CENTRE BEARING TRUSS: Truss with a structural support at its centre as well as at the heel points.
GIRDER TRUSS: A truss that performs the special function of supporting other trusses.
JACK TRUSSES: Small mono-pitch trusses in a hip construction.
MONO-PITCH TRUSS: A truss that has only one sloping top chord, with a vertical edge on the other side.
MONOPLANAR TRUSS: A truss with all chords and webs assembled in a single plane (as is the case with nail-plated trusses).
PIGGYBACK TRUSS: A truss that is split horizontally, usually because of transportation
considerations, with a standard or valley truss resting on top of a truncated truss.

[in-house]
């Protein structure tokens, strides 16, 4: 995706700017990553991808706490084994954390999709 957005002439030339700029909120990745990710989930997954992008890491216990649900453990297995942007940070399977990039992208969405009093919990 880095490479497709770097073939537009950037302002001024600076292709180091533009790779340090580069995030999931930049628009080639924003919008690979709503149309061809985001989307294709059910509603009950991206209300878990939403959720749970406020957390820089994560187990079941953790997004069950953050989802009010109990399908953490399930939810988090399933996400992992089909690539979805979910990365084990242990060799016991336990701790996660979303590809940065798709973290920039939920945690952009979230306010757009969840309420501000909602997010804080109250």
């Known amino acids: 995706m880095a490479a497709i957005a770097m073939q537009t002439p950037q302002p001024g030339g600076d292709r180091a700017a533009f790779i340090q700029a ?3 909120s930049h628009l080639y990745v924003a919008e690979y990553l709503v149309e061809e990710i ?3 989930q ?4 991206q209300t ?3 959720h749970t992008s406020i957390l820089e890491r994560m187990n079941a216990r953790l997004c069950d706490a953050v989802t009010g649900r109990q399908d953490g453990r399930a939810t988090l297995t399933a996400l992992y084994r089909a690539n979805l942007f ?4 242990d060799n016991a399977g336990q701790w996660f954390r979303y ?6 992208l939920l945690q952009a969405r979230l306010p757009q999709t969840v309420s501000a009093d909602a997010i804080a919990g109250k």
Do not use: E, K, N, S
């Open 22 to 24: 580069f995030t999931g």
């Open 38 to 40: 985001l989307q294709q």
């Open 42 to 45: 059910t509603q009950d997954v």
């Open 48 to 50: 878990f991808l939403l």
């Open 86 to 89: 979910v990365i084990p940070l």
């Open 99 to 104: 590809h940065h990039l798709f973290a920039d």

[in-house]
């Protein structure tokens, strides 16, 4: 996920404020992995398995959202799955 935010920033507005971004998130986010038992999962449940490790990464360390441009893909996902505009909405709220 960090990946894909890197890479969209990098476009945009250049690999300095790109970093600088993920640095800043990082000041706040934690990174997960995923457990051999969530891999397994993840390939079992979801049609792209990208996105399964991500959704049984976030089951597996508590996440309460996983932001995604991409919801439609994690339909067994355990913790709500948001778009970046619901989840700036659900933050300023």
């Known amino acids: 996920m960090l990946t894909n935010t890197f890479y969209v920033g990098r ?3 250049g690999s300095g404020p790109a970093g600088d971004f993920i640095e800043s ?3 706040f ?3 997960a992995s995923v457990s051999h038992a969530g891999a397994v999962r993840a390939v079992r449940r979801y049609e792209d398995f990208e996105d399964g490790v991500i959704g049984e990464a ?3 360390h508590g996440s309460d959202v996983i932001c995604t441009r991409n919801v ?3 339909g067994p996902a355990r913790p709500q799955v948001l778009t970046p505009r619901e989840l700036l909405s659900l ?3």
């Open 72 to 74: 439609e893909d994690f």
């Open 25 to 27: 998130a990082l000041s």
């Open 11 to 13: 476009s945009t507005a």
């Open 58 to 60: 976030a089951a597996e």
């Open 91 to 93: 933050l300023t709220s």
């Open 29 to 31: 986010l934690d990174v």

SCISSOR TRUSS: A truss with sloping or pitched bottom chords.
SPLIT TRUSS: A truss that is intersected by a chimney or similar vertical obstruction.
SYMMETRICAL TRUSS: A truss with the same dimensions and configuration of members on each side of the centre line.
TRADITIONAL TRUSS: A truss that is built with lapped members, connected with bolts and nails.
TRUNCATED TRUSS: A truss that is flattened at the top to suite the height requirements dictated by its position in the roof. A truss may also be so manufactured because of transportation considerations, e.g. the lower portion of a piggyback truss.
TRUSS: A triangulated combination of members and joints that forms a rigid structural component of a roof, designed to support both permanent and imposed loads.
TRUSS TYPES: Names given to trusses with different shapes and different web configurations.
VALLEY TRUSS: A truss used to form a valley in association with standard or special trusses .
VIERENDEEL TRUSS: A truss that lacks triangulation in its frame, in which complete joint stiffness must be provided.